Here are a few red flags to consider:
- Debt problems. This doesn’t mean that a coach can’t have a mortgage; but if a potential coach has significant consumer debt (usually, credit cards), this may evidence a lack of personal financial discipline. Such a person should get their own house in order before trying to help others.
- Financial advisors or planners. A background like this can be helpful, but there can also be a tendency to view things through an investment lens (since that’s their day job). This lens isn’t typically helpful for people in financial crisis. Also, conflicts of interest can arise if clear boundaries have not been established. The credibility of a budget coaching ministry suffers if it becomes known as a ministry that promotes financial services.
- No established pattern of discipleship. Budget coaches, like the rest of us, should be consistently growing spiritually and engaged in community. A potential coach who isn’t a core member of the body probably has some work to do in other areas prior to becoming involved in budget coaching.
Think of a budget coach like you’d think of a small group leader or even a coach of small group leaders. That’s the kind of person you generally want to start with as a budget coach.
Once you’ve identified one or more candidates, the next step is to train them. Don’t assume that just because they’ve been through a stewardship program themselves they can automatically teach others. There are relational skills, analytical skills, and coaching skills that they’ll need.
Some churches find it helpful to use a training program developed outside the church and some find it helpful to develop their own. Using an already-developed program has the advantage that you can get up and running faster and can be reasonably sure that the curriculum is well-rounded. Developing your own program has the advantage that you can tailor it as you need to for your church’s specific needs.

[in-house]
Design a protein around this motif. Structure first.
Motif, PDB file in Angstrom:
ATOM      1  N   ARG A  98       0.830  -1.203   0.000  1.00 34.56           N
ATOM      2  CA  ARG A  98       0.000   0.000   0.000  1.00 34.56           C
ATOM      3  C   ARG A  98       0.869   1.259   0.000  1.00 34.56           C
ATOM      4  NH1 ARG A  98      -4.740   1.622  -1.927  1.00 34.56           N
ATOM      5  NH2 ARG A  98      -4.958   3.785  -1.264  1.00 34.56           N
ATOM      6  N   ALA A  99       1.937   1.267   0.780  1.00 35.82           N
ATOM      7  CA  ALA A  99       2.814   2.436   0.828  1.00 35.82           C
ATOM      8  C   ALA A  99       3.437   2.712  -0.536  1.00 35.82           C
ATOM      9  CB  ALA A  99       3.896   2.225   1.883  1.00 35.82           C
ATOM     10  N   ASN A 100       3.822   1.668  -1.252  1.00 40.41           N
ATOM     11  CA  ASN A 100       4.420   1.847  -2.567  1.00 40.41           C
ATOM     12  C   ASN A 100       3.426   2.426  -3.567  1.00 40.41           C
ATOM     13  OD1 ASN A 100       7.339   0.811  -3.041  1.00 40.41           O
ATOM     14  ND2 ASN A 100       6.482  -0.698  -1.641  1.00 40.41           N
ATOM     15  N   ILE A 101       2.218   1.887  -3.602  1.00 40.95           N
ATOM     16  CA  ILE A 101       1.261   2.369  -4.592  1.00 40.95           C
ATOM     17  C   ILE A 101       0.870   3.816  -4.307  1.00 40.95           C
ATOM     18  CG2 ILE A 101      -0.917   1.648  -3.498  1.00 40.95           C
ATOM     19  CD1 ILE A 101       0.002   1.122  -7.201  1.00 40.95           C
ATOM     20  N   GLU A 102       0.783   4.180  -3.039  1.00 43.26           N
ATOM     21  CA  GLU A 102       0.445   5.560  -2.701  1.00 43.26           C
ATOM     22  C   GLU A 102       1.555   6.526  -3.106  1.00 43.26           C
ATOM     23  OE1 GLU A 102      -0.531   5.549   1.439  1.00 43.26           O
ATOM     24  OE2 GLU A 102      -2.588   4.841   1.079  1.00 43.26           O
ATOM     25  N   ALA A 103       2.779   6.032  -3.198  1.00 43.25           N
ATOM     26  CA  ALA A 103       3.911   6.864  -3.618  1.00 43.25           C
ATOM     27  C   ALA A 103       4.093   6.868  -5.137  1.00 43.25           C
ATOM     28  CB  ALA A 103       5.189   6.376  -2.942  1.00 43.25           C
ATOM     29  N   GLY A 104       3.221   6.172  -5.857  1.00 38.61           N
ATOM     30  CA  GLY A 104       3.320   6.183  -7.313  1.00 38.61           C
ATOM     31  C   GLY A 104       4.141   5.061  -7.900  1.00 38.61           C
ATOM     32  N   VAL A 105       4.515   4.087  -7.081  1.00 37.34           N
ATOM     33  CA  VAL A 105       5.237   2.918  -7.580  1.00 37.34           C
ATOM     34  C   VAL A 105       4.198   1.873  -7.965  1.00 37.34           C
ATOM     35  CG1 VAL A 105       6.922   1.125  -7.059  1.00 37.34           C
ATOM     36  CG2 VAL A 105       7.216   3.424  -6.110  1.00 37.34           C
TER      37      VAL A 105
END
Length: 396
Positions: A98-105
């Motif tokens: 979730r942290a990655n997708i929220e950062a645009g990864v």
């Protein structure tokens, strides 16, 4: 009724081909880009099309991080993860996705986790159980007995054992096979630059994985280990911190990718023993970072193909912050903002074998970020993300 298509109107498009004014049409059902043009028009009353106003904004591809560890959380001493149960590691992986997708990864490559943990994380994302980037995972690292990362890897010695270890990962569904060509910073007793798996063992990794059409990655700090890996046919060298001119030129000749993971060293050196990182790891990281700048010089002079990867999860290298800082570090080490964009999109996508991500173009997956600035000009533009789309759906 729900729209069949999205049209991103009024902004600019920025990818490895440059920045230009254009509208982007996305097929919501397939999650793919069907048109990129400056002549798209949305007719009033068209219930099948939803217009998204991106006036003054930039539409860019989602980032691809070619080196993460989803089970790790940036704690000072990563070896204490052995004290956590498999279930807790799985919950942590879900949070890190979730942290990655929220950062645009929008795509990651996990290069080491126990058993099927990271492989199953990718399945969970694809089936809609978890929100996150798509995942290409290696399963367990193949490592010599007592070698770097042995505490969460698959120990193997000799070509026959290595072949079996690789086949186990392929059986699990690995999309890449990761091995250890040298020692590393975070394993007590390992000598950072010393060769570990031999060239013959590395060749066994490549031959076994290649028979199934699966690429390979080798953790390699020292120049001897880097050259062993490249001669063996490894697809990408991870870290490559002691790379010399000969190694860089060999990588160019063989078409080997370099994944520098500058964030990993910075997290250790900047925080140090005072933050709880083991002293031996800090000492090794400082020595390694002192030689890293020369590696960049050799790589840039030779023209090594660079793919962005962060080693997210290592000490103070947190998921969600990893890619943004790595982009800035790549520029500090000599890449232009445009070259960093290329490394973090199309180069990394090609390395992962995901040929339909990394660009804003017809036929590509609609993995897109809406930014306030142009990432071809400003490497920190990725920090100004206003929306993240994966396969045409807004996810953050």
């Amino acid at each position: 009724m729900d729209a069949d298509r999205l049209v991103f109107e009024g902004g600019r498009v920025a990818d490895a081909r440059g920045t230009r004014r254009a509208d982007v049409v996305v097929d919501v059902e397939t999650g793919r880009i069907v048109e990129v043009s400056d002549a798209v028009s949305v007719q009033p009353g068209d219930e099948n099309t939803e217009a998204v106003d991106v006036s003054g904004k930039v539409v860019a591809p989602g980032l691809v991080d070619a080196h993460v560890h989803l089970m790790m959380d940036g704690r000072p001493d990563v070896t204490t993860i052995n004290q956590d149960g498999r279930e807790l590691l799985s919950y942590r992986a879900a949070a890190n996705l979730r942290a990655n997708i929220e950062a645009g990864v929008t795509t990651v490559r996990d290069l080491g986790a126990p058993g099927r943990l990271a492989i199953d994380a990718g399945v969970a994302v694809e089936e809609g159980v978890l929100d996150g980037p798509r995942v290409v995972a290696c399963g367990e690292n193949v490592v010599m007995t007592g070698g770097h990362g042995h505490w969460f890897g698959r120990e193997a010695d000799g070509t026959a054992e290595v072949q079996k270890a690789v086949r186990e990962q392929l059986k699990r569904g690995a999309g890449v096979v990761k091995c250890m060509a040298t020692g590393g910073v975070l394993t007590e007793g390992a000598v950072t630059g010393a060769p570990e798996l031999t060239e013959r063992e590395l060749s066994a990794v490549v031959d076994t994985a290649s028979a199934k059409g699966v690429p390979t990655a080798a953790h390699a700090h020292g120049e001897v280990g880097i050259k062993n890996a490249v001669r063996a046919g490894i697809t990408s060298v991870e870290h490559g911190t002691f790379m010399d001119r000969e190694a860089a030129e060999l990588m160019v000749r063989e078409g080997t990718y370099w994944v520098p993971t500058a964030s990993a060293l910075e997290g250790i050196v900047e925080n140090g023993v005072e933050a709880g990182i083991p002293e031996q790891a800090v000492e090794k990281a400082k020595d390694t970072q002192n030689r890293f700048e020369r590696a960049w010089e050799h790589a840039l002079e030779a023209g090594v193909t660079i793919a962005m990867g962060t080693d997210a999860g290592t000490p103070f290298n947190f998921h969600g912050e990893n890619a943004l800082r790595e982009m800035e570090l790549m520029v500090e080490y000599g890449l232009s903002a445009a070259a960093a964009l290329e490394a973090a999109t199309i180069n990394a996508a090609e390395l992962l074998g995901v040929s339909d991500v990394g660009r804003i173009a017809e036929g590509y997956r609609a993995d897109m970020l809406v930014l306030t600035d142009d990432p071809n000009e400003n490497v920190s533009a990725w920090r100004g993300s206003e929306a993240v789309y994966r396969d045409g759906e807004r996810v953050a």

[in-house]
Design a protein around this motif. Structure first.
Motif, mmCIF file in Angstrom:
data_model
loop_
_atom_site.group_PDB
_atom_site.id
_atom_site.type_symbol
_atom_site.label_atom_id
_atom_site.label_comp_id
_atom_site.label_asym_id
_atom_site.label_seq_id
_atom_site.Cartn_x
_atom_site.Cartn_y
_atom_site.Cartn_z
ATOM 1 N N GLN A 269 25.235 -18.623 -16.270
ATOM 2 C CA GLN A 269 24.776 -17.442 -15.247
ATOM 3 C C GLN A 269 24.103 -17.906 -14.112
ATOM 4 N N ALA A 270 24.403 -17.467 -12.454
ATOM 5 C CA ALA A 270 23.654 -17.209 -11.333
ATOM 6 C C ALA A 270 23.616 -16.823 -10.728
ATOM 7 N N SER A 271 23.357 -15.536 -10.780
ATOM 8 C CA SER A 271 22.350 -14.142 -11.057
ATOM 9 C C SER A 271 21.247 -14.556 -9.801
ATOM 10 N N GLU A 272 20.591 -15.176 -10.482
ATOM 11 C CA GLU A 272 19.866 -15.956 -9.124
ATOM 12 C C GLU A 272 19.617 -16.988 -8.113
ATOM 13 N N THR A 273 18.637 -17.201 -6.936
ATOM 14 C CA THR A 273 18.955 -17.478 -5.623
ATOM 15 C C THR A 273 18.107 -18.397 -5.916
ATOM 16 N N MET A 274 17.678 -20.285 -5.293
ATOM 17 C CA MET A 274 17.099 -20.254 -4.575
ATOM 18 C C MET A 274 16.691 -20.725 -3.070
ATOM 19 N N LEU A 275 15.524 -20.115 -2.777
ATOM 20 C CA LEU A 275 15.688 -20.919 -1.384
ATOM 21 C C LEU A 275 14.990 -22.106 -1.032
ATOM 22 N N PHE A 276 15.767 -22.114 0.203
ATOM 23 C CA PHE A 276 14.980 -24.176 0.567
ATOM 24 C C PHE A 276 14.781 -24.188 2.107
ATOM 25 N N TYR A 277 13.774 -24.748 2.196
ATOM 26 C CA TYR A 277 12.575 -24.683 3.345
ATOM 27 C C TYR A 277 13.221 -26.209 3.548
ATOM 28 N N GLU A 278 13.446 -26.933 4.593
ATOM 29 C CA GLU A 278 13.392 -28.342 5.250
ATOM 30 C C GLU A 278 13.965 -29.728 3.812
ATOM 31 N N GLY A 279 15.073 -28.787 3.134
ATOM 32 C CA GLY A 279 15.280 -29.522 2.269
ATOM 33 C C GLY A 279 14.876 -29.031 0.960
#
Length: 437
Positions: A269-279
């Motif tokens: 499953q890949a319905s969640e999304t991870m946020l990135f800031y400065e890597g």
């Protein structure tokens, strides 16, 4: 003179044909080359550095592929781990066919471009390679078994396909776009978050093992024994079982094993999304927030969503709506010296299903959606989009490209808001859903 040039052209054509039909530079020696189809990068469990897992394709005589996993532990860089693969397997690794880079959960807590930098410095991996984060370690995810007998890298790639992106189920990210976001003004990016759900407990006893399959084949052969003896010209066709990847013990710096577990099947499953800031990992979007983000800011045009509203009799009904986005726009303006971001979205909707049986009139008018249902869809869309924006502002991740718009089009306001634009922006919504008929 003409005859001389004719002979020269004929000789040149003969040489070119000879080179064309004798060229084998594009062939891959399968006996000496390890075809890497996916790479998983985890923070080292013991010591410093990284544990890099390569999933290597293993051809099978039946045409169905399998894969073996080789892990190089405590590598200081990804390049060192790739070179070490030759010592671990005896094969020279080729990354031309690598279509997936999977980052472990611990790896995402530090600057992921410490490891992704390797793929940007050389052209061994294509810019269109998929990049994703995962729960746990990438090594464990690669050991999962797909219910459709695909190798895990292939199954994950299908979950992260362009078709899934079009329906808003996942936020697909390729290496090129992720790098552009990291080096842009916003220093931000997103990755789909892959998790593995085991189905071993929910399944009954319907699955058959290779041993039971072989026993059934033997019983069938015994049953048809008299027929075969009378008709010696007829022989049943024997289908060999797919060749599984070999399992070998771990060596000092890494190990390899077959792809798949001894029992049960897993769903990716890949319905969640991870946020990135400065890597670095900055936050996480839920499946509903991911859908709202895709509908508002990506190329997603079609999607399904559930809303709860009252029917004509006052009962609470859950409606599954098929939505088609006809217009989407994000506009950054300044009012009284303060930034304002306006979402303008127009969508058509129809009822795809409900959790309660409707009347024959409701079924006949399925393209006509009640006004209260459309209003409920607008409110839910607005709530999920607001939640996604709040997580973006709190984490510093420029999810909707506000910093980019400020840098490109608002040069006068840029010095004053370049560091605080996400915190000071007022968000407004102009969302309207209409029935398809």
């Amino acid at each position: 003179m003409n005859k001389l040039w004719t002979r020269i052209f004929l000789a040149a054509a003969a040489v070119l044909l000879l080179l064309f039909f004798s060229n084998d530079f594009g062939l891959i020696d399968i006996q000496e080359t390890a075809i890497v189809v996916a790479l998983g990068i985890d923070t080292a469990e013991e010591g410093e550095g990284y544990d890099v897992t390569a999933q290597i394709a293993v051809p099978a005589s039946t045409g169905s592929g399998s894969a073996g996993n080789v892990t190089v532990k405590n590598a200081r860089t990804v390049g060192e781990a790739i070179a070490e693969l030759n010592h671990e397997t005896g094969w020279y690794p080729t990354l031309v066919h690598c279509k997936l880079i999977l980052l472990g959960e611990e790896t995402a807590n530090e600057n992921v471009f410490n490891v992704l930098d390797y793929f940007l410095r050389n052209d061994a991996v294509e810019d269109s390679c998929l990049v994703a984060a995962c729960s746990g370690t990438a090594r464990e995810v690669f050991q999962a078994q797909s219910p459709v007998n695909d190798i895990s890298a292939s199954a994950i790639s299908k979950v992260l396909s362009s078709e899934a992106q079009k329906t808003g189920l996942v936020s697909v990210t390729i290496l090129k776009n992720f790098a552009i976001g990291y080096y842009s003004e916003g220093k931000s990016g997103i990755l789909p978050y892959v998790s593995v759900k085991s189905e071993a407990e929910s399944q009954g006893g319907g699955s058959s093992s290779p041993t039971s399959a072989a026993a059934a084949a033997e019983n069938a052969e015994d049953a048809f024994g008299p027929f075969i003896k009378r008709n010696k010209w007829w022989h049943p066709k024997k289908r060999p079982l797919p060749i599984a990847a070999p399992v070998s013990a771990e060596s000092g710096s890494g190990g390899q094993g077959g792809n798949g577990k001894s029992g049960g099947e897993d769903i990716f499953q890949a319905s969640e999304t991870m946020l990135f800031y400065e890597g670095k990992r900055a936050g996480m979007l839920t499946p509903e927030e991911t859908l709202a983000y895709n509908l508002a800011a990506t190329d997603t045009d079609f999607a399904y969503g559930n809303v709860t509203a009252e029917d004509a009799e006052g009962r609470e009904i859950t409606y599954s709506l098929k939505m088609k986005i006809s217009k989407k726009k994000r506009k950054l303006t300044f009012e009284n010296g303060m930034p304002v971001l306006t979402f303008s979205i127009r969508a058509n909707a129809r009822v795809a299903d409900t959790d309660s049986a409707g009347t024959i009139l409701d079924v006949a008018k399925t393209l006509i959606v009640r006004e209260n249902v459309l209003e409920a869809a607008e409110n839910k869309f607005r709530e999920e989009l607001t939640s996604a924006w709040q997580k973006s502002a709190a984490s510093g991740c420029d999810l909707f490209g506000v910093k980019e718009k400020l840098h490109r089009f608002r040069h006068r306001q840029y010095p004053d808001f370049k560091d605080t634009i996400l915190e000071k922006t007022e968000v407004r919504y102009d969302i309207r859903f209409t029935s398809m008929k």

Whichever route you choose, be sure that the training program you use includes some key elements:
- A relational approach. Personal finance is, well, personal – and many people guard their financial information very closely. Additionally, many who are in financial difficulty will feel a certain amount of guilt for poor decisions they’ve made in the past. The successful coach needs to be able to establish a relationship of trust with clients in order to help them on their financial journey.
- A Biblical foundation. Just like a stewardship curriculum needs a Biblical foundation, a coaches’ training program must be based squarely on Biblical financial principles. After all, the goal is financial discipleship – that is, honoring God with our finances. We won’t get there following secular guidance.
- An established, repeatable pattern. Everyone is different, and coaching relationships will reflect these differences. But just as there are some foundational principles for stewardship, there are also some standard, repeatable steps in a coaching process. Your training program should promote a consistent coaching process while allowing flexibility to deal with issues specific to each client relationship.
We’ll touch more deeply on each of these topics later in this article.
Identifying and Connecting with Clients
“But then, where do coaching clients come from?” Probably you already have some answers to this one, but here are a few possibilities:
- From the Benevolence Ministry, as a requirement of receiving a certain amount of benevolence or ongoing aid;
- From a church-wide stewardship training program, as a place for additional help for those who are struggling and need some ongoing guidance;
- From other church ministries, as leaders identify individuals and couples who may be struggling in this area.
But what do you do once you’re made aware of someone who wants or needs budget coaching? The intake process is one of the keys to success for a coaching relationship. And it begins with a detailed form for the potential client to fill out. We’ll call this form the Client Profile.
The importance of the Client Profile isn’t that it’s going to provide all the information needed for the coaching process to begin. Most of the time, at least some of the information will be incomplete – after all, most people who have complete information on their finances are actually managing them pretty well. Those who need coaching are not likely in that category. But the form serves a couple of major purposes:
- It serves as a starting point to help the coach understand a client’s financial situation.
- It evidences a client’s level of commitment to doing the work that the coaching process will require.
This second point cannot be overstated. The budget coaching process is going to take some time and it’s going to take work on the part of the client. In most cases, there isn’t going to be one simple adjustment to make everything come out OK. There will be difficult decisions to make, most likely including some sacrifices. If a potential client is not willing to do the work and make the commitment, then the coaching process will not likely help them.